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On one side I have an Ubuntu server in a data center that has IPv6 connectivity. The eth0 interface has a public IPv4 and also a public IPv6 /48. From that server I can ping IPv6 addresses OK.

On the other side I have a home network on an IPv4 only ISP. The router is a Mikrotik and receives a dynamic IPv4 from the ISP. Then the router serves as DHCP server for an IPv4 LAN with private addresses.

I want to build a tunnel between the server and the home network.
I want the nodes in the LAN to get IPv6 connectivity from that range attributed to the server.
It would be better if one node could act as the local end to the tunnel and also as a router (preferably the Mikrotik router but I can also dedicate an Ubuntu on the local network to that task if it is easier) and the rest of the nodes get their configuration automatically. But I am also ready to consider each local node making its own tunnel with the server if that makes more sense.

Constraints:
I have read about many different ways to tunnel IPv6 but none was describing this exact situation. I don't want to use Teredo, neither a tunnel broker.
I would like the server to only accept connections from the nodes on the local network which does not have a fixed IPv4 so some sort of authentication should probably occur. Maybe through OpenVPN or similar.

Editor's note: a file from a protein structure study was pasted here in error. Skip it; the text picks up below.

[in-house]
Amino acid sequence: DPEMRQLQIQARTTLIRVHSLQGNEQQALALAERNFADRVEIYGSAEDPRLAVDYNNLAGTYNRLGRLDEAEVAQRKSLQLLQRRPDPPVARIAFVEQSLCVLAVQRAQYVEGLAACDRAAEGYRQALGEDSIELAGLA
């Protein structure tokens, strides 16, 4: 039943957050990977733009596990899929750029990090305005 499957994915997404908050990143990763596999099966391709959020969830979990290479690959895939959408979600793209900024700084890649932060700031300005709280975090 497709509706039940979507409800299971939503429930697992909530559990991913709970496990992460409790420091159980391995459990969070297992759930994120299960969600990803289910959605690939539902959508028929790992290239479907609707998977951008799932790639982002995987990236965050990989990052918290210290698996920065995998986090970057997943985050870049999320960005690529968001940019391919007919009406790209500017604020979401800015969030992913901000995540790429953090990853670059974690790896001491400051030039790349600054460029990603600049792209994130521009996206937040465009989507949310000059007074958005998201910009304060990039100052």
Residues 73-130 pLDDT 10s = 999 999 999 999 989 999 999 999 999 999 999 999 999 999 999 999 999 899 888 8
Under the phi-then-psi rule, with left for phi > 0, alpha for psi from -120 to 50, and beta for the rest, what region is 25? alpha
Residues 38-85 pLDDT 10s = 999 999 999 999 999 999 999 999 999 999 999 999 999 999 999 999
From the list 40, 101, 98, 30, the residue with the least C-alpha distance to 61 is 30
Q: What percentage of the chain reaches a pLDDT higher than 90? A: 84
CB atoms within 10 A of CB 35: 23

I can configure some nodes to a good extent like the linux ones, but there are other nodes on the LAN like an iPad that are not as easy to tweak and should receive their config automatically if possible. But if only the linux nodes are connected it is also OK.

What would be a sensible way to build it and its corresponding configuration?

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    Leaving the rest of this aside, if your public server really has a /128 v6 address, then yes, it means you do only have a single v6 address. Does that render the rest of the question moot?
    – MadHatter
    Nov 19 '15 at 11:45
  • If they say you have a /128, then what they really mean might be that they have allocated one IPv6 address to you on a /64 link, which is shared with other customers. To configure your own tunnel server you need a routed prefix (preferably /63 or shorter) - not just a link prefix. Using the /sbin/ifconfig command on the server will tell you how the link is configured, but it won't show you whether a prefix is routed to your server.
    – kasperd
    Nov 19 '15 at 12:16
  • Indeed the /128 worries me. I have to get in touch with the ISP to understand exactly what they allocate (it is not clear in the contract nor admin panel). My previous ticket with them has been sitting opened for 2 days now so I don't expect a quick answer. But I am definitely interested in building this and if I have to get extra IPs I will consider it. So yes, please, if you have possible answers, go ahead!
    – Bastian
    Nov 19 '15 at 14:14
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    It looks like I can use the /64. I have a v6 IP that ends in ::1/128 and I have tried to add one in ::2/128 and I can ping it and connect through ssh to the server with that IP from the outside IPv6 world. I'm editing my question to reflect that.
    – Bastian
    Nov 19 '15 at 14:40
  • @Bastian There are hacks, which will allow you to use a link prefix as if it was a routed prefix. There are some drawbacks to that, so it is really not in anybody's interest to do so. However some providers are a bit lame and refuse to provide a routed prefix, so in those cases you may need such hacks.
    – kasperd
    Nov 19 '15 at 15:25

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